Fifty-one years later, how do we appraise “Let It Be,” the Beatles’ swan song, the document of their breakup, the one that the bandmembers themselves initially disliked so much that Paul McCartney took legal action and John Lennon dubbed it a salvage job from “the shittiest load of badly recorded shit — and with a lousy feeling to it — ever”?
Of course, the men doth protest too much: The group’s high standards guaranteed that there is no such thing as a bad Beatles album, but “Let It Be” is far from their best work. Intended as a rough, back-to-the-roots “art as it happens” film-and-album document of the Beatles’ creative process, it ended up being a requiem. Many factors contributed to the album’s often dispirited vibe: Except for Ringo, the bandmembers had been together since their early teens — residing in a nearly unprecedented fishbowl of fame for the previous five years — and tempers were wearing thin, a situation exacerbated by the fact that for this project, they were trying to find creative inspiration first thing in the morning during a typically miserable English winter while their every move was recorded by a film crew.
The group rejected two early versions of the album and Lennon finally gave the tapes to “Wall of Sound” producer Phil Spector, who sonically overhauled — some say sonically mauled — the entire thing, adding an orchestra and/or choir to several songs (hence the legal letter from McCartney). Even though it wasn’t actually the final Beatles album to be recorded — work began on “Abbey Road” several weeks after this — it was the last one to be released. Ultimately, despite several classic songs, “Let It Be” resides in the lower echelon of the Fab Four canon, along with the rushed “Beatles for Sale” and their fledgling 1963 debut.
Still, the Beatles recorded hundreds of hours of music during the long, plodding January 1969 sessions for this album, and although archivists have dug into the well before — exhuming bits for the “Beatles Anthology” series and the McCartney-helmed, de-Spectored “Let It Be… Naked” revisionist album in 2003 — they’ve given it the full museum treatment here, producing not just this lavish, 6-CD boxed set but also the six-hour “Get Back” documentary (airing on Disney+ next month) and a coffee-table book that includes hundreds of photos and transcriptions of apparently every interesting bit of dialogue from the film reels (there’s a different, exhaustively detailed hardcover book accompanying this boxed set). Thus, it’s surprising that amid those six discs, just two-and-a-half contain genuinely unreleased material, along with remastered and Blu-ray versions of the original album as well as the first of the two earlier, rejected versions of it (which has been circulated on bootlegs for decades).
While the relatively small amount of new material was met with howls of outrage from completist-leaning fans when the tracklist was first announced, it’s actually a relief — a refreshingly concise distillation of the best outtakes from the weeks of sessions, which were essentially rehearsals. And anyone who’s watched a band rehearse for more than 15 minutes knows that with the possible exception of Prince (who usually rehearsed as if he were onstage at Madison Square Garden on New Year’s Eve), most of the time they are excruciatingly dull. And as the countless hours of bootlegs from these sessions that have emerged over the decades prove, that’s even true of the Beatles.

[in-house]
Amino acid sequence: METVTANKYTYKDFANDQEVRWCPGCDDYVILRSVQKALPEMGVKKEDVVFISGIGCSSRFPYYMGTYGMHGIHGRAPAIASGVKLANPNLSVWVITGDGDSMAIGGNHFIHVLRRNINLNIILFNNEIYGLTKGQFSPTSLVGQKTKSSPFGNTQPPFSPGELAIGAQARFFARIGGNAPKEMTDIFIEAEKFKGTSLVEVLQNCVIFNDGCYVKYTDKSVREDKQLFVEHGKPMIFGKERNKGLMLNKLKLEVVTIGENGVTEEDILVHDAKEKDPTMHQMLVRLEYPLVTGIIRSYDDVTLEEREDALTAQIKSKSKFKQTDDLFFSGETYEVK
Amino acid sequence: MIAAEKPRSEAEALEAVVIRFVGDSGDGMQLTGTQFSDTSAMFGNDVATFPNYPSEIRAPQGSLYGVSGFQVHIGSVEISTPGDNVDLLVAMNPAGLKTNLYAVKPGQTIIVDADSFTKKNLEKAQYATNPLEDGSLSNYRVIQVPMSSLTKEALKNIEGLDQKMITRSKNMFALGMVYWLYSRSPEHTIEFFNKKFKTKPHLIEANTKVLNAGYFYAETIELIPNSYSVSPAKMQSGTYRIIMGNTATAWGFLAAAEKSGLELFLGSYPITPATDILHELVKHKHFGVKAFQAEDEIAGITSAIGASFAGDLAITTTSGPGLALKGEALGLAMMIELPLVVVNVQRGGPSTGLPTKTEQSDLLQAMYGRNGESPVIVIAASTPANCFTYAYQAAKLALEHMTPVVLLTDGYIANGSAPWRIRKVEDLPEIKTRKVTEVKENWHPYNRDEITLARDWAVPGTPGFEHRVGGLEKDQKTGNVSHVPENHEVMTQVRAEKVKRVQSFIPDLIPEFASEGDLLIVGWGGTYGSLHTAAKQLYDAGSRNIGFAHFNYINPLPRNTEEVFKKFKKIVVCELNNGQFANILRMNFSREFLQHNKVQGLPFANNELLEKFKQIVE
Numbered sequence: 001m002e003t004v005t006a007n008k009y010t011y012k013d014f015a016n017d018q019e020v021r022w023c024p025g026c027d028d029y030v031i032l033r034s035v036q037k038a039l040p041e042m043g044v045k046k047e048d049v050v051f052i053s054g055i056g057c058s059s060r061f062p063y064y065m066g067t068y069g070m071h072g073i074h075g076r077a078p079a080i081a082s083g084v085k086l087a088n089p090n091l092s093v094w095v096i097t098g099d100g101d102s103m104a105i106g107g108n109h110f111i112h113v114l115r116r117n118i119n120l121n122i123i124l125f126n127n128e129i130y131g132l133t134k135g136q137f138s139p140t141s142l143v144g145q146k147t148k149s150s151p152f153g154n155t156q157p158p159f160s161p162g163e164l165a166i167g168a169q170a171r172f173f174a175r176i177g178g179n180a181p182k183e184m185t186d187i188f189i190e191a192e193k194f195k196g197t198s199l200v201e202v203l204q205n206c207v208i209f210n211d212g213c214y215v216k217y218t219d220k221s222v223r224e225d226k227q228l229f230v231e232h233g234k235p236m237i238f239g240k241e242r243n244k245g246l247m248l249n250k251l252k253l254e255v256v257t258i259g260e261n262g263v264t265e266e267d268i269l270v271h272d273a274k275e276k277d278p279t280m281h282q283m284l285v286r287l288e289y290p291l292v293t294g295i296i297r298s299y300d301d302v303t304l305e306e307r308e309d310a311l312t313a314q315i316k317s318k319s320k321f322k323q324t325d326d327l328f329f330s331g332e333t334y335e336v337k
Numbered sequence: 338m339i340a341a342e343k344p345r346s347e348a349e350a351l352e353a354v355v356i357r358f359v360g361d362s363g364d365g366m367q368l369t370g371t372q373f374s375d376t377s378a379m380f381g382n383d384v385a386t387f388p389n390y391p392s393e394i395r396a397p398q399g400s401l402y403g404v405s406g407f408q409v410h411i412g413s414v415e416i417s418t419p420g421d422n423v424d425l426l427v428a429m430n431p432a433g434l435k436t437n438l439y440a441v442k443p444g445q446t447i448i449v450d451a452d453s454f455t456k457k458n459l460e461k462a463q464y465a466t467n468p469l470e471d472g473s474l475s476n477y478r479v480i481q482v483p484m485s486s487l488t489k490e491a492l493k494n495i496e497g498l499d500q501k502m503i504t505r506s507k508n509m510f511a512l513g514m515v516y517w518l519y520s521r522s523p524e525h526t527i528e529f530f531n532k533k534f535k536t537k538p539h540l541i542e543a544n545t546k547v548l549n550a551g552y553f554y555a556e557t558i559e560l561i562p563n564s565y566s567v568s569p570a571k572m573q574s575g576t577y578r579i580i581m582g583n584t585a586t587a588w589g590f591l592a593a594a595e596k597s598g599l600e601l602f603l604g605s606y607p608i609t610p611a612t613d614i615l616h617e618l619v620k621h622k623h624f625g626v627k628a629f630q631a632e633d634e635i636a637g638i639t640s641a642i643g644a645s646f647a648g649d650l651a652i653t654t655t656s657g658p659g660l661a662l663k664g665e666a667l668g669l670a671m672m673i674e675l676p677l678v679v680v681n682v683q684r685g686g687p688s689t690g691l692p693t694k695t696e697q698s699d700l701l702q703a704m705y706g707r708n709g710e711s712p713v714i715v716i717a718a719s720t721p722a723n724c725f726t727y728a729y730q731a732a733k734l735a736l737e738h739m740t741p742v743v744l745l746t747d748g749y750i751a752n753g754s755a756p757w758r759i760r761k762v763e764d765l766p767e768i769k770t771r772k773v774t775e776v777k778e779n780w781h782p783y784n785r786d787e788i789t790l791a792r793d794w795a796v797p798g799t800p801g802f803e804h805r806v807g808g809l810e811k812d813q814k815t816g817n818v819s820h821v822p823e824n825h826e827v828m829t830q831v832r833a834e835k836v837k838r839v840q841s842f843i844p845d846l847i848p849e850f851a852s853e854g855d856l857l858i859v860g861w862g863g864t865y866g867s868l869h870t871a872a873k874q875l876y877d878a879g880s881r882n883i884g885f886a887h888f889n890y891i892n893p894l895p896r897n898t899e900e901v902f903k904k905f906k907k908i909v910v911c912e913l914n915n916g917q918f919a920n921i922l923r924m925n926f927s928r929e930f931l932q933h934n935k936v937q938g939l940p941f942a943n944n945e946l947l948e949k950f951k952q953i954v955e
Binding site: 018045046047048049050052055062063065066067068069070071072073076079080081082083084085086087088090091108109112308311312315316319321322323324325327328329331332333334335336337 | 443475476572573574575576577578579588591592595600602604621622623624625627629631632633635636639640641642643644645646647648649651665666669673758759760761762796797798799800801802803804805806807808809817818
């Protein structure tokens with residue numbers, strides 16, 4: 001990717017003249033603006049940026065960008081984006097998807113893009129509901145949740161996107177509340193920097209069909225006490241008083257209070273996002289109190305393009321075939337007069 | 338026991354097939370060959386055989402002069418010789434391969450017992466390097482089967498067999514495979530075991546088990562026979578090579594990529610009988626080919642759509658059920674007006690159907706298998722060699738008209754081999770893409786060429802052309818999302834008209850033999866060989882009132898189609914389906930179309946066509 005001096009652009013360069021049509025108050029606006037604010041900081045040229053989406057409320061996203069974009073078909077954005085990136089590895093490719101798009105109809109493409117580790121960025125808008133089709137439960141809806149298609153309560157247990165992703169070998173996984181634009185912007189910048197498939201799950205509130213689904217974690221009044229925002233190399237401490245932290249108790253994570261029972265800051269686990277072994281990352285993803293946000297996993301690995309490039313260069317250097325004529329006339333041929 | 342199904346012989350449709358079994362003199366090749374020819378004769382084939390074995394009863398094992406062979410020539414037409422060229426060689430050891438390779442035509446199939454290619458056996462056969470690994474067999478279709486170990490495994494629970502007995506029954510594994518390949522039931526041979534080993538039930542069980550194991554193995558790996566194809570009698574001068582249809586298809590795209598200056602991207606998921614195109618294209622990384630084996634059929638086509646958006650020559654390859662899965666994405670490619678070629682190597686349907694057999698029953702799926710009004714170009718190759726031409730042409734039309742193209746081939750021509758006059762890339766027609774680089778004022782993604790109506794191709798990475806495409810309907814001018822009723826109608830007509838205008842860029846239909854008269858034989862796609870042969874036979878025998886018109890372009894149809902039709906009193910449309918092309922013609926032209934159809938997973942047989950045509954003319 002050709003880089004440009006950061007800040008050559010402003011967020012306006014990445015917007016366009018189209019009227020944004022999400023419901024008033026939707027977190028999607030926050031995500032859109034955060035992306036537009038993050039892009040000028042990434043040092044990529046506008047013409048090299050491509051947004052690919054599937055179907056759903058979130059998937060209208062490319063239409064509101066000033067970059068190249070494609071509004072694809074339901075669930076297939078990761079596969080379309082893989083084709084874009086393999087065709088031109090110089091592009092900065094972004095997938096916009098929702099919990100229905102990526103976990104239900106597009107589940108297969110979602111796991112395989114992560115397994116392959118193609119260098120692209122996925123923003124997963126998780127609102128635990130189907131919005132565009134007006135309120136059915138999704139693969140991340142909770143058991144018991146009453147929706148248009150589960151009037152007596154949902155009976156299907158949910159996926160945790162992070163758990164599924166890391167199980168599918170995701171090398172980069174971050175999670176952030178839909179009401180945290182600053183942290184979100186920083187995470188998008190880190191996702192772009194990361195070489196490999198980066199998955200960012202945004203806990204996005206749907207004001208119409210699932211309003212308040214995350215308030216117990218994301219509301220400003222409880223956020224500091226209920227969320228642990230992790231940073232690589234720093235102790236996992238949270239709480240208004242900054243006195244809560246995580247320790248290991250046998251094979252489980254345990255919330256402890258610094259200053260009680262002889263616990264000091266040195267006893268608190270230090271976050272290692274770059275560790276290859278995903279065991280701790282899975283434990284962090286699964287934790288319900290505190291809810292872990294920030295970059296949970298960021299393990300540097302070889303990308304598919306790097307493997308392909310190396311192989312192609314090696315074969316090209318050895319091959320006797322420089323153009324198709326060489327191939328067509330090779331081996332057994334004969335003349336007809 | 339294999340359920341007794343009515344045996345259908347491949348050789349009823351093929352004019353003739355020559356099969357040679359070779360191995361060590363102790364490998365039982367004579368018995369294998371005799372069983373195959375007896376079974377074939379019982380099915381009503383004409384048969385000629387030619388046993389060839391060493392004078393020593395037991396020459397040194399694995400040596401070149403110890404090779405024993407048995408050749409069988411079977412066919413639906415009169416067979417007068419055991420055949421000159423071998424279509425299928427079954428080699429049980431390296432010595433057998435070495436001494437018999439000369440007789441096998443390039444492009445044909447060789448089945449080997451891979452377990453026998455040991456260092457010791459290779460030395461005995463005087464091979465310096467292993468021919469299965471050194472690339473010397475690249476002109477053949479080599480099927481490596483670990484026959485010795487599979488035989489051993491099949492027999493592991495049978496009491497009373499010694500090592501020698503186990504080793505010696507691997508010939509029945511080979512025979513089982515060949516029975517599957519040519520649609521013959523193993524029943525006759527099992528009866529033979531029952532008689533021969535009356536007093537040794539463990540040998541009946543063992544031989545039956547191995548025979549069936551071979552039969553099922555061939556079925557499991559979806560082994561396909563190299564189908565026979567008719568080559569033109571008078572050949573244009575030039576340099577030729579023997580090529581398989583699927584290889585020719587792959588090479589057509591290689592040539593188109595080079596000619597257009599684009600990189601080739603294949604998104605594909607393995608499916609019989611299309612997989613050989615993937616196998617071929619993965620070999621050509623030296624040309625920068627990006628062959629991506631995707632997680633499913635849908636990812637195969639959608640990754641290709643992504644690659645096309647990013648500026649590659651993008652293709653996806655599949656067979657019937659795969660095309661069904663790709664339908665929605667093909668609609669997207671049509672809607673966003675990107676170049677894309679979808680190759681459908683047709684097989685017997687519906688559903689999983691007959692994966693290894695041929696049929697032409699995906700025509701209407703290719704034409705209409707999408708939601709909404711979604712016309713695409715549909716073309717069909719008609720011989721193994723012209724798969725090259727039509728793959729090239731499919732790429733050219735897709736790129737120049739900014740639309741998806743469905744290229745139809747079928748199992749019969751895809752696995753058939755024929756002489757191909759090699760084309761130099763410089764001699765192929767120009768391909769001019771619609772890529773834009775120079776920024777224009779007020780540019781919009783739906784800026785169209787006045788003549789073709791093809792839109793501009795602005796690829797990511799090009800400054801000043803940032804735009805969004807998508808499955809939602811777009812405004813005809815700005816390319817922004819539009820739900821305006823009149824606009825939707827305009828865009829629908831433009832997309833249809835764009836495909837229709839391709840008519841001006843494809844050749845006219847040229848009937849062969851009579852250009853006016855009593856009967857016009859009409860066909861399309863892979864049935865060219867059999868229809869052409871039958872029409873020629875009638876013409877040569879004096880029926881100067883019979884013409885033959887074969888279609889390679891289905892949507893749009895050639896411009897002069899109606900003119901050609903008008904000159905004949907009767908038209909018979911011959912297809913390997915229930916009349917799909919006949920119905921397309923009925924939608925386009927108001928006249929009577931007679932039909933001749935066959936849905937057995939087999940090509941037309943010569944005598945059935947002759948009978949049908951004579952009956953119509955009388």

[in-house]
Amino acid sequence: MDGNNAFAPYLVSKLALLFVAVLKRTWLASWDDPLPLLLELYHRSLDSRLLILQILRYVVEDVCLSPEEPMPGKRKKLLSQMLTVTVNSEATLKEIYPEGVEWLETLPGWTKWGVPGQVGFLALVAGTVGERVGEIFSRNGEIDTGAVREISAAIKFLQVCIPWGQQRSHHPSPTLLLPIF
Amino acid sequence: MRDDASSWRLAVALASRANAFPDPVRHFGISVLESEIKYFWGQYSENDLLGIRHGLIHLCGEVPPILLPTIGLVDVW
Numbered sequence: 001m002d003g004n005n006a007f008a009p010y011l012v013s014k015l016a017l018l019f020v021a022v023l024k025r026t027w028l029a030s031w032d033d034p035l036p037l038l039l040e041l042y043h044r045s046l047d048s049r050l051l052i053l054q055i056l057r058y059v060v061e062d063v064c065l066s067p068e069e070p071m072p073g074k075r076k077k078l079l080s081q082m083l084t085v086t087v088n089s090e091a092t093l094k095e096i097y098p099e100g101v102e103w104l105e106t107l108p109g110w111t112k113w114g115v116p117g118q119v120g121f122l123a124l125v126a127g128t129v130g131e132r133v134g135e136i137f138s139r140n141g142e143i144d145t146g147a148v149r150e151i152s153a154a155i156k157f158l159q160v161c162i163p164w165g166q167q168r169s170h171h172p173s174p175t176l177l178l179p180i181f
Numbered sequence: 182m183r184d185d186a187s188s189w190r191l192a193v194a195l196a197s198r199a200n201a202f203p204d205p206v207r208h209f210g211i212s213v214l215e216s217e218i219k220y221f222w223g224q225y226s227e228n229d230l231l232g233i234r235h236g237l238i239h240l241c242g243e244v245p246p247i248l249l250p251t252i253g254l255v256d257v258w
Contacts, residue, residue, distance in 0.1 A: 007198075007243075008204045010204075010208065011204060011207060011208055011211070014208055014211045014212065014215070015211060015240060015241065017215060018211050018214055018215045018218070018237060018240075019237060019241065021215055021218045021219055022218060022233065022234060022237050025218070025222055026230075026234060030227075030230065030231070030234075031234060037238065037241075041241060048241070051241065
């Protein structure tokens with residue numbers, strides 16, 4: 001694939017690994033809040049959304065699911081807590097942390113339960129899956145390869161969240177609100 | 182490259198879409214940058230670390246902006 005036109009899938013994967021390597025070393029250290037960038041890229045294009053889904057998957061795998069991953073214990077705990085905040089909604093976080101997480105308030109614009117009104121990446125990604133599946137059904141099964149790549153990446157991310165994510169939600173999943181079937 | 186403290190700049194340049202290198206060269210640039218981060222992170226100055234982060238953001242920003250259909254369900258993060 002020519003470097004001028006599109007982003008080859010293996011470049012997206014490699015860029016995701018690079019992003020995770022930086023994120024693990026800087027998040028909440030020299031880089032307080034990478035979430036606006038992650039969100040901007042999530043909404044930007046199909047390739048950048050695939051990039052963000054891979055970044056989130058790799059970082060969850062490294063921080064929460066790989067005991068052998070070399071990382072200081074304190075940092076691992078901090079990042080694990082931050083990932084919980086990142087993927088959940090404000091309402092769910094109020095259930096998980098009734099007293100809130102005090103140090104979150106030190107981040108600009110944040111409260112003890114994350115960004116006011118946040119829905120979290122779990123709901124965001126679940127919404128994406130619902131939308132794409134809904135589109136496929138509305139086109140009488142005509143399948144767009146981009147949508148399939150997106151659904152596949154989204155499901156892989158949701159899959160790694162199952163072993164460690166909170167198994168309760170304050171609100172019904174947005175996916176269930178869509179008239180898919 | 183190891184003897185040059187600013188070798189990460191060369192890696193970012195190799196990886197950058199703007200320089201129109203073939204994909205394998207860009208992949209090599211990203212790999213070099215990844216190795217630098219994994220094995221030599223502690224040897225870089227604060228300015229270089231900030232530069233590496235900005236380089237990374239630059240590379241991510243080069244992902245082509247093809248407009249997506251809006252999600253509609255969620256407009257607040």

So herein is the best of the rest: a full disc called “Apple Sessions” of loose, alternate takes of songs from the album, with the group chatting and joking around, vamping on “Maggie Mae” and the Everly Brothers’ “Wake Up Little Susie,” McCartney throwing in a snippet of “Please Please Me,” the group’s first No. 1 single, before launching into “Let It Be.”
Much more interesting is the “Get Back — Rehearsals and Apple Jams” disc, where we hear rough, embryonic versions of songs that later turned up on “Abbey Road” and even the solo albums (Lennon’s “Gimme Some Truth” and Harrison’s “All Things Must Pass”). Most arresting is the rehearsal of Harrison’s “Something,” where he says he just can’t get the line that ultimately became “Attracts me like no other lover.” “Just say whatever comes into your head,” Lennon suggests. “’Attracts me like a cauliflower.’”
There’s also the rejected version of the album, produced and assembled by Glyn Johns. Although he was one of the greatest producers of the rock era (his work with the Rolling Stones, the Who and virtually every great British artist of the time is legendary), it’s easy to see why the Beatles didn’t want to release the album in this form: While it presents an interesting alternate view of the album, it’s shambolic and at times extremely sloppy; during a loose jam entitled “Rocker,” the group sings the ‘50s classic “Save the Last Dance for Me” painfully off-key. Throw in another disc containing just four alternate mixes, and that’s the lot.
While the collectors’ instinct might be to feel short-changed (why do a four-track EP when they could have filled the disc with 20 more songs?), the rough nature of the previously unreleased material here doesn’t exactly leave one thirsting for more. Anyone who is can check out the hours and hours of outtakes on bootlegs (there was even a 17-CD set called “Thirty Days,” which probably feels like it goes on for 30 days) or YouTube — not to mention the six-hour long “Get Back” film.
Even half a century later, the group’s sterling quality control remains, and if this lavish, multi-part treatment of the Beatles’ swan song is truly the last dance, they’ve made the most of it. And if we too doth complain too much, for context, let’s paraphrase Paul McCartney’s response to criticism of the “White Album” in the 1990s “Beatles Anthology” series: “It was great, it sold, it’s the bloody Beatles — shut up!”
Source: Read Full Article